Written for the June edition of CIWM Journal, John Twitchen outlines the wider benefits that an infrastructure project, and its subsequent construction, can bring… such as leaving a legacy:
Historically, industry has been coy about the benefits that infrastructure and its construction, operation, maintenance and use bring. This is especially the case when it comes to wider benefits – the things that an infrastructure project will enable, not just directly deliver, such as improving opportunity.
London 2012 perhaps marks a watershed in the importance of what a project delivers and leaves behind – its legacy. The Olympic legacy was a core element of the Games, from engagement and tourism to improvements to travel and significant regeneration and investment in East London. But the legacy runs much, much deeper. It continues to deliver through a commitment to sport, access to education and skills, and continuing investment in infrastructure, in particular cycling.
But perhaps the greatest legacy that the Olympics left behind is the concept of legacy being a core element of a major project.
Wider benefits have been part of the appraisal for major projects for some time, and yet all too often we are reticent to talk about these benefits, let alone trumpet them.
HM Treasury’s Guidance – The Green Book – sets out how to prepare and appraise proposed policies, programmes or projects to obtain best public value and manage risks, and how to identify the relevant benefits and costs that should be taken into account in a project appraisal. It states:
“The relevant costs and benefits to government and society of all options should be valued, and the net benefits or costs calculated.”
The Green book also states:
“Wider social and environmental costs and benefits for which there is no market price also need to be brought into any assessment. They will often be more difficult to assess but are often important and should not be ignored simply because they cannot easily be costed.”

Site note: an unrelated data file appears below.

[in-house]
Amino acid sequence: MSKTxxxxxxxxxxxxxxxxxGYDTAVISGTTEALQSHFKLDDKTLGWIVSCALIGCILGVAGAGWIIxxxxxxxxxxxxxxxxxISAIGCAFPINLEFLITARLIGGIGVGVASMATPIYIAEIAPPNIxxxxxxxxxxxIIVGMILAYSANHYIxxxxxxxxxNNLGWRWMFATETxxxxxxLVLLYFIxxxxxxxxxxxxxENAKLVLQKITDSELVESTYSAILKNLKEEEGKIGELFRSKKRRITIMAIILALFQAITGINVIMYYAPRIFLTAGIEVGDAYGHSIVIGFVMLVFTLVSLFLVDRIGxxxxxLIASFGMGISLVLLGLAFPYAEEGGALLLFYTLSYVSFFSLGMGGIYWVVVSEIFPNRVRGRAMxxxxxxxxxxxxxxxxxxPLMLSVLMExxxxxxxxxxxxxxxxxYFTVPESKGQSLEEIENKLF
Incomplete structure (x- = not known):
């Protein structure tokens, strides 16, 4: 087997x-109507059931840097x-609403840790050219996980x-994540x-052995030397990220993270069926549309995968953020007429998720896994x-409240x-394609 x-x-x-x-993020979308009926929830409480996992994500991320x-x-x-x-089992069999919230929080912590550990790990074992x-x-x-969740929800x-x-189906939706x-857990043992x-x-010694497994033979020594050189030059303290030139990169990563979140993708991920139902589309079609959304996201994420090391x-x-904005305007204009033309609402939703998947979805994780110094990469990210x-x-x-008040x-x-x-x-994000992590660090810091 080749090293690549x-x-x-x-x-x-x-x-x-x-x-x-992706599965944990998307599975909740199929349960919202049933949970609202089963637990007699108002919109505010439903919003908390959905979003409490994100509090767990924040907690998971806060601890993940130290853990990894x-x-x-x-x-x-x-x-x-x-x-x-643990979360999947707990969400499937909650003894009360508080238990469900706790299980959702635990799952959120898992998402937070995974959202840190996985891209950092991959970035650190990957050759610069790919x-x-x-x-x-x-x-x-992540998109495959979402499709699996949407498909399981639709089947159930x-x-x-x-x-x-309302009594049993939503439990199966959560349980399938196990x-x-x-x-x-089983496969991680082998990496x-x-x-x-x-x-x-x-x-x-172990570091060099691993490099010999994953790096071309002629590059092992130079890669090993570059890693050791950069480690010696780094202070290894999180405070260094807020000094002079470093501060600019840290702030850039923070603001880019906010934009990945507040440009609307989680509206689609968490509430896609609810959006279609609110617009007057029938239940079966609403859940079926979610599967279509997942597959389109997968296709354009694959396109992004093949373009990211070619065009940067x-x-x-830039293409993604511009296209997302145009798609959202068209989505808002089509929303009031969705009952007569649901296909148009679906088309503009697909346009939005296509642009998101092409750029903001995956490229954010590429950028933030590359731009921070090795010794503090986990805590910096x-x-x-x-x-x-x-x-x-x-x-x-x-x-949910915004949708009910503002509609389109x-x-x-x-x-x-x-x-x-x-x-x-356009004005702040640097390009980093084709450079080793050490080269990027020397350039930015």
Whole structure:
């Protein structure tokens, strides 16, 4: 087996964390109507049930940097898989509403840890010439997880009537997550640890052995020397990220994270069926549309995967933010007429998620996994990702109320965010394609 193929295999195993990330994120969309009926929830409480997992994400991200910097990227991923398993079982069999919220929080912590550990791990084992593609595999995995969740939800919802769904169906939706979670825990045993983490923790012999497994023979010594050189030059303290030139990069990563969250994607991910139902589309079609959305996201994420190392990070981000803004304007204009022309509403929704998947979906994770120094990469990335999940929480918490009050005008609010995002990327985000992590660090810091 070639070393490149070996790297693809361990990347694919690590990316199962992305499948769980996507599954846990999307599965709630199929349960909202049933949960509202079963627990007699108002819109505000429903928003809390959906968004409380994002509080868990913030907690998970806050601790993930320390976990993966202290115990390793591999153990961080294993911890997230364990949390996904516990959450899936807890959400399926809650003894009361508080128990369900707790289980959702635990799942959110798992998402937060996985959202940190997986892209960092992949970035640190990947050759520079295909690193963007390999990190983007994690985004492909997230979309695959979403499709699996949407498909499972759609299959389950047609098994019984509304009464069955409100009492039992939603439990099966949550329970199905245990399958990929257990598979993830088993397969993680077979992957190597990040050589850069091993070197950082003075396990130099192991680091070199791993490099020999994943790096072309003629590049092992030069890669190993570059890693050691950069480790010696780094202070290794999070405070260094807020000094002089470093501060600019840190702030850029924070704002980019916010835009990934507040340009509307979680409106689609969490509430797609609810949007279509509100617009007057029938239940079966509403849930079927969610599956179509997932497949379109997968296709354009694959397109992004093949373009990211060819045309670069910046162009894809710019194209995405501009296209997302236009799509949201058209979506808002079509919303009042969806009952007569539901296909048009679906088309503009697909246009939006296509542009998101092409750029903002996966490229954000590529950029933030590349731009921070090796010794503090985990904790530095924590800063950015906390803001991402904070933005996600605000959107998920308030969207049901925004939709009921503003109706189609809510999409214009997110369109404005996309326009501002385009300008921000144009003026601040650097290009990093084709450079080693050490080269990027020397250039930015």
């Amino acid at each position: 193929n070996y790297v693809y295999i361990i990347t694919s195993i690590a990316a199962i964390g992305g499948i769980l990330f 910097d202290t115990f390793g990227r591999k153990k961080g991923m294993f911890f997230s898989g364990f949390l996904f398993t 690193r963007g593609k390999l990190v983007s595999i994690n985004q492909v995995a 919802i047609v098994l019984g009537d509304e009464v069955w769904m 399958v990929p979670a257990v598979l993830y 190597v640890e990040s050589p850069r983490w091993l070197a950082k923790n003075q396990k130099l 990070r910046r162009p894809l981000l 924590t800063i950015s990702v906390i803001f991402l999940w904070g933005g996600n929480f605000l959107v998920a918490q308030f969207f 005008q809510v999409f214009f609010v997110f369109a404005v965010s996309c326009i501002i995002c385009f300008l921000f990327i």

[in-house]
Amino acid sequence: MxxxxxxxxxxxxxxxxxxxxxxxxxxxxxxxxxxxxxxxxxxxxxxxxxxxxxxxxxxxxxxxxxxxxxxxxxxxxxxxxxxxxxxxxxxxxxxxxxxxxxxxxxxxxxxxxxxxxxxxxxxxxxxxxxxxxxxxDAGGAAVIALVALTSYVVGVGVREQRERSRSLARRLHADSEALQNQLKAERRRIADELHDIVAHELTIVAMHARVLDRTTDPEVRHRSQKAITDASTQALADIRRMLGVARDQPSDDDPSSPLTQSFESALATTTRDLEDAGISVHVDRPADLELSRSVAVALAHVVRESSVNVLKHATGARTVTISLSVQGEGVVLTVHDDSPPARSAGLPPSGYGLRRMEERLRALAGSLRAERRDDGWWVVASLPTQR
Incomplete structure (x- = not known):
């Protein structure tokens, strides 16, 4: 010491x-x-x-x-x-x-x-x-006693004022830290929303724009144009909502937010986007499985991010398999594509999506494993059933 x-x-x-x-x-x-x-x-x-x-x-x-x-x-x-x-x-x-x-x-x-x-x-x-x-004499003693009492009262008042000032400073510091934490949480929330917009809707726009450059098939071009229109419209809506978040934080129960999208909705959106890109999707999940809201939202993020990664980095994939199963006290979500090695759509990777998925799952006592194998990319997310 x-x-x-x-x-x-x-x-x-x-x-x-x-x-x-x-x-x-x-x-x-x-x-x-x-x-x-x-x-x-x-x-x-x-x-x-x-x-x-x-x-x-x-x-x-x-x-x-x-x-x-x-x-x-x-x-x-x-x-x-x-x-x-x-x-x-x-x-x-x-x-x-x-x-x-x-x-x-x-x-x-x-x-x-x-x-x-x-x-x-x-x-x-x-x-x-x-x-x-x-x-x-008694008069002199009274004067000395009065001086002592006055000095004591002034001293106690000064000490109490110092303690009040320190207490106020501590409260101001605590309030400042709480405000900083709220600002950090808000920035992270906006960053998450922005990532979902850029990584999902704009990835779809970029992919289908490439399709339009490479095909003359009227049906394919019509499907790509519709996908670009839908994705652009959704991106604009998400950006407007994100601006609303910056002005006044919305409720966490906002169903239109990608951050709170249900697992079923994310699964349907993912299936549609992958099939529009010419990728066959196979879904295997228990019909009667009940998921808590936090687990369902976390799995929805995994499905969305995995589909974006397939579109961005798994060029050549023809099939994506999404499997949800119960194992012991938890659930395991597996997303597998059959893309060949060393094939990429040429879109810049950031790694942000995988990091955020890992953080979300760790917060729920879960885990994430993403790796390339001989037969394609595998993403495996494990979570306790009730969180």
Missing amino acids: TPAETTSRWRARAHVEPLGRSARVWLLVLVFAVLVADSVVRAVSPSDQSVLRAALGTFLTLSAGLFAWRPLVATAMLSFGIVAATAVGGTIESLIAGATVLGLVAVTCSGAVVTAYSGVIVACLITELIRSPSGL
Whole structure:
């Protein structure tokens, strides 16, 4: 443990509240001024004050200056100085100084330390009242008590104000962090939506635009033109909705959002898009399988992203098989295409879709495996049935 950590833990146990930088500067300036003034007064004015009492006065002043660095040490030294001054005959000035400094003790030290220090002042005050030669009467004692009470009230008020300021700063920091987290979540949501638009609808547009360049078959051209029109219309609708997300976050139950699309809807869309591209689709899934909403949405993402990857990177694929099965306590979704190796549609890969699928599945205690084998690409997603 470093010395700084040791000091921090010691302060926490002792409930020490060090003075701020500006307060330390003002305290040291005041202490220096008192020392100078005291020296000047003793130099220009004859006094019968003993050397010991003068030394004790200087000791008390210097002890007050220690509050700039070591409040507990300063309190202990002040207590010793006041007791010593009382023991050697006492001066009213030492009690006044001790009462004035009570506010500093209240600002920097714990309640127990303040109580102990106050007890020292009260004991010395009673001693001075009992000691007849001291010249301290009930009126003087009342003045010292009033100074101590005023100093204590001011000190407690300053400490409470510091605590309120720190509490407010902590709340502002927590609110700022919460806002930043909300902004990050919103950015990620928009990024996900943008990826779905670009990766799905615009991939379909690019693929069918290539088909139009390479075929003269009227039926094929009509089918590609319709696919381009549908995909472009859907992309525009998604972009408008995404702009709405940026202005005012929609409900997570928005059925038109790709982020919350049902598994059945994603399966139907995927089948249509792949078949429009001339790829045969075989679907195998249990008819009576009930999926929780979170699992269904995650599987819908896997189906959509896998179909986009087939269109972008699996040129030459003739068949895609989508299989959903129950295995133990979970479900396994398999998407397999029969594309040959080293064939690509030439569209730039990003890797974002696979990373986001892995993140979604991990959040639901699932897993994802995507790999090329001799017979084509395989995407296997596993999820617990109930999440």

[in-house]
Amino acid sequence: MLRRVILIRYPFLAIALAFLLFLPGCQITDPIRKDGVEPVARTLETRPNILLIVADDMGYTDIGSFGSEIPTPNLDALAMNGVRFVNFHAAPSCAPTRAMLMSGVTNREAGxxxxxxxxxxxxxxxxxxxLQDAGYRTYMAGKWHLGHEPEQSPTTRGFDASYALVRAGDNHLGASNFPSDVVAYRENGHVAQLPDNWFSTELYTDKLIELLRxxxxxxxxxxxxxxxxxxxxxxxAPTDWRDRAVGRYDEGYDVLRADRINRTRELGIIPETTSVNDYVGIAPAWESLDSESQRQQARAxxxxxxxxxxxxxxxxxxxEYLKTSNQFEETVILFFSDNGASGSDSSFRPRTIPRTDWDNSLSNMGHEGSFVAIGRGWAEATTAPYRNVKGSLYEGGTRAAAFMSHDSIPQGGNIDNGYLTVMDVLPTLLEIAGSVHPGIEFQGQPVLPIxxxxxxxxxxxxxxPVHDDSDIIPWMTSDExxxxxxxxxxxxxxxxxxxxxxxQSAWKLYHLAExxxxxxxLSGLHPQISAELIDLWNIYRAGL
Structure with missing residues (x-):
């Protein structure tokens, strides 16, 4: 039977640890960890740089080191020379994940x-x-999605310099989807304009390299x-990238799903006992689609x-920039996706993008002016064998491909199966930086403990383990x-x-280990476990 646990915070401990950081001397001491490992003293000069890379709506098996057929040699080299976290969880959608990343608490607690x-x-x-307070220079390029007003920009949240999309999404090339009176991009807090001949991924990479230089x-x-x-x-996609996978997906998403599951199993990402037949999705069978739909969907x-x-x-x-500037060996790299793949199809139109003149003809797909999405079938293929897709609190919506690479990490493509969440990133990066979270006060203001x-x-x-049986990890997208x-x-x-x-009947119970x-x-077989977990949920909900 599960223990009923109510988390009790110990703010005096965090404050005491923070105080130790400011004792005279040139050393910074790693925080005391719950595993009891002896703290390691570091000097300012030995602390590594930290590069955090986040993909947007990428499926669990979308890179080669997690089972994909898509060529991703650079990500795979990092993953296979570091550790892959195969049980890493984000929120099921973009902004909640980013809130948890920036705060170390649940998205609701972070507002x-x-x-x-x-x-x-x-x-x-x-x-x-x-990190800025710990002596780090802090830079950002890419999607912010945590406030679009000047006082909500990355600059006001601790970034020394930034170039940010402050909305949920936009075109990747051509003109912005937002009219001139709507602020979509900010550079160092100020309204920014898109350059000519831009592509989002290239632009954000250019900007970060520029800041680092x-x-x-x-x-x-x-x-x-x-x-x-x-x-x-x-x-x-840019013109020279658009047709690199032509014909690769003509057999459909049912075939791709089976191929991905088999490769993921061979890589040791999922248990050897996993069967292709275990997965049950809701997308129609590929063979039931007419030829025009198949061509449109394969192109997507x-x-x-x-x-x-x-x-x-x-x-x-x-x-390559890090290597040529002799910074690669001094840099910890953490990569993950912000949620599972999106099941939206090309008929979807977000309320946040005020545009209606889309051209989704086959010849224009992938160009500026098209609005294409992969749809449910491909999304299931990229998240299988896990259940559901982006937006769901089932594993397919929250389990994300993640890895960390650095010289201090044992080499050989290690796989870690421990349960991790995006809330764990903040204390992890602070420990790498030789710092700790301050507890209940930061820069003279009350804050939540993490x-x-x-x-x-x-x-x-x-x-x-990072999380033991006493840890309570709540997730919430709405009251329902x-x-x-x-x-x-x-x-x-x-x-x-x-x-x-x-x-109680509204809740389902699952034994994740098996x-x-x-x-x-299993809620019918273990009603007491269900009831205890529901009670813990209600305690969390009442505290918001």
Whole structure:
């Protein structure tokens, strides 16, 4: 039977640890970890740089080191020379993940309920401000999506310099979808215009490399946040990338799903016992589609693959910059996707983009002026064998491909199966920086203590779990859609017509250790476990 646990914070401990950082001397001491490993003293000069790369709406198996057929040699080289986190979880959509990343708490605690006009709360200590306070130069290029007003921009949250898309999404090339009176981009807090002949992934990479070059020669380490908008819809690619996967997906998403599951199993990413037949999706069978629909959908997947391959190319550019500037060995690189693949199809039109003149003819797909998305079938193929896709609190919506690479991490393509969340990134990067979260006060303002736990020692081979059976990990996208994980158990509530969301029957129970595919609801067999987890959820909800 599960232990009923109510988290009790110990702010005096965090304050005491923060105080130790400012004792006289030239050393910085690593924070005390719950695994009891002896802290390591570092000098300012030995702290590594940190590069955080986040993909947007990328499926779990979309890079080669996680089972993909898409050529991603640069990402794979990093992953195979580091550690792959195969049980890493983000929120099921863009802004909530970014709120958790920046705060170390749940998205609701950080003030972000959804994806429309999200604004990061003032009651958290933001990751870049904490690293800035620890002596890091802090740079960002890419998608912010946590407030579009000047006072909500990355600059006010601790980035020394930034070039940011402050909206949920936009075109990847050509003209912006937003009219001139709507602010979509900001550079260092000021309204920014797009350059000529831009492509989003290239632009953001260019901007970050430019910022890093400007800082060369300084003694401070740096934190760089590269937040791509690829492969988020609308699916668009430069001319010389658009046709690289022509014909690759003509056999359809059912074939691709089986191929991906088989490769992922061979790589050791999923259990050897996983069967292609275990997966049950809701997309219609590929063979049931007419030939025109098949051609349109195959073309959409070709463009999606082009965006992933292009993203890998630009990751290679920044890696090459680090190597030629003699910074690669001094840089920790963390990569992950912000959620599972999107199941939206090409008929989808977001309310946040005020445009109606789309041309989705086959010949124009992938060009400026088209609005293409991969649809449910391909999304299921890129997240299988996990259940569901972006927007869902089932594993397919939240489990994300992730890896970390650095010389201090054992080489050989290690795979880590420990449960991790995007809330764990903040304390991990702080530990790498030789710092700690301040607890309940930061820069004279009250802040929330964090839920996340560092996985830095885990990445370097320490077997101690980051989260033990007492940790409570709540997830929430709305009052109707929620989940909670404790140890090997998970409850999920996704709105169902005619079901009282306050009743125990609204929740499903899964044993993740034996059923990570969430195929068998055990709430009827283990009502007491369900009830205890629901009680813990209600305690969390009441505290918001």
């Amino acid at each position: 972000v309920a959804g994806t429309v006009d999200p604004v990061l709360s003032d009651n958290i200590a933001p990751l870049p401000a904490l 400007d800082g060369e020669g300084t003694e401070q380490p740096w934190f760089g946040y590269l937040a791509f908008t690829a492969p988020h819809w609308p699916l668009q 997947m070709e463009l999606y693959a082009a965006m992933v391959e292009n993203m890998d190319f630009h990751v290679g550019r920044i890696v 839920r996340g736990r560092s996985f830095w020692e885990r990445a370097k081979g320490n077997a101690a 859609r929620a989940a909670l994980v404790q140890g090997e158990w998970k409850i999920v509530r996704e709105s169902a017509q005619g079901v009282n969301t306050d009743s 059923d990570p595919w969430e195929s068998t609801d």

It provides guidance on how costs and benefits can be brought into project appraisal; however, assessments are often based on subjective judgements as well as data gathered from external stakeholders… Which means talking to people rather than doing a sum. The Major Projects Association has set up a working group to address the wider benefits, and recently held a conference on the subject. Copper continues to support the working group.
So why are we, industry, and in particular the resource management sector, reticent? There are three reasons for this:
• Socio-economic impact assessments are often rushed, lightweight and high level
• Assessments are often done late in the process, rather than being a core component
• Wider benefits are not valued or costed.
We will have to work much harder to make projects acceptable and demonstrate the acceptability – never more so than over the next five to ten years, with a clear political focus on local decision making. Sometimes the need case is enough to get a development over the finish line, but more often than not, it isn’t. Making the case for the wider benefits can substantially improve the acceptability of a project.
Copper’s stakeholder mapping and risk-influencer tools can help shape a project’s communications and engagement strategy from project inception.
Often, technical and planning consultancies tack-on a socio-economic chapter pulling together the basic strands of research from each of the other chapters of the Environmental Statement (ES) written by the various technical disciplines, rather than employing a dedicated, experienced resource to prepare the assessment. Additionally, merely looking at data is 2-D – socio-economic impact assessment is multi-dimensional.